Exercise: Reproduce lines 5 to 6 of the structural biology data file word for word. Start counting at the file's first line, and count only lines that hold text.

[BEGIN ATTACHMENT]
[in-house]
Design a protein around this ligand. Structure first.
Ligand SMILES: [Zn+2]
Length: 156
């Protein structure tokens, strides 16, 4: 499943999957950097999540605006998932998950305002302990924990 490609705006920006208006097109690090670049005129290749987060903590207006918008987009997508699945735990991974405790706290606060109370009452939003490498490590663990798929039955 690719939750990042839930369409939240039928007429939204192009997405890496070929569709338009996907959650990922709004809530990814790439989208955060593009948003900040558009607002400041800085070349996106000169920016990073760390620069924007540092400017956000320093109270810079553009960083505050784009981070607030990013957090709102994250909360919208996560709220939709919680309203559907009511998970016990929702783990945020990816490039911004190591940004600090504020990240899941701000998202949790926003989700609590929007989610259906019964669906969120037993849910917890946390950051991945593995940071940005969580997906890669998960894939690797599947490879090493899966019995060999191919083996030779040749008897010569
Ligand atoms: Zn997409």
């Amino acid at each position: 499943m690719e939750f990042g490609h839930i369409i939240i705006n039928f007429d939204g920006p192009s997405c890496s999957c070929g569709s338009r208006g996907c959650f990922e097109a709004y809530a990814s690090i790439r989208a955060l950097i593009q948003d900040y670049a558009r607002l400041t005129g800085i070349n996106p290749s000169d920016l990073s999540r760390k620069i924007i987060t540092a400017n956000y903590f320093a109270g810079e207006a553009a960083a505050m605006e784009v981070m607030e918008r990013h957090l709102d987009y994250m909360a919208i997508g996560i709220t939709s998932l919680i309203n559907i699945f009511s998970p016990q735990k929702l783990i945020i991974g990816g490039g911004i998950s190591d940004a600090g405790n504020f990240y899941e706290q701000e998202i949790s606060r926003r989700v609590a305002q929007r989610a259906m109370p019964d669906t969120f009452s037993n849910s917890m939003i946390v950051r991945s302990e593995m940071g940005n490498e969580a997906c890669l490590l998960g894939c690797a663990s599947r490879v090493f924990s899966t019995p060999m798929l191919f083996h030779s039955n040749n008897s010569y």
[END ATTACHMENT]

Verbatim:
């Protein structure tokens, strides 16, 4: 499943999957950097999540605006998932998950305002302990924990 490609705006920006208006097109690090670049005129290749987060903590207006918008987009997508699945735990991974405790706290606060109370009452939003490498490590663990798929039955 690719939750990042839930369409939240039928007429939204192009997405890496070929569709338009996907959650990922709004809530990814790439989208955060593009948003900040558009607002400041800085070349996106000169920016990073760390620069924007540092400017956000320093109270810079553009960083505050784009981070607030990013957090709102994250909360919208996560709220939709919680309203559907009511998970016990929702783990945020990816490039911004190591940004600090504020990240899941701000998202949790926003989700609590929007989610259906019964669906969120037993849910917890946390950051991945593995940071940005969580997906890669998960894939690797599947490879090493899966019995060999191919083996030779040749008897010569
Ligand atoms: Zn997409």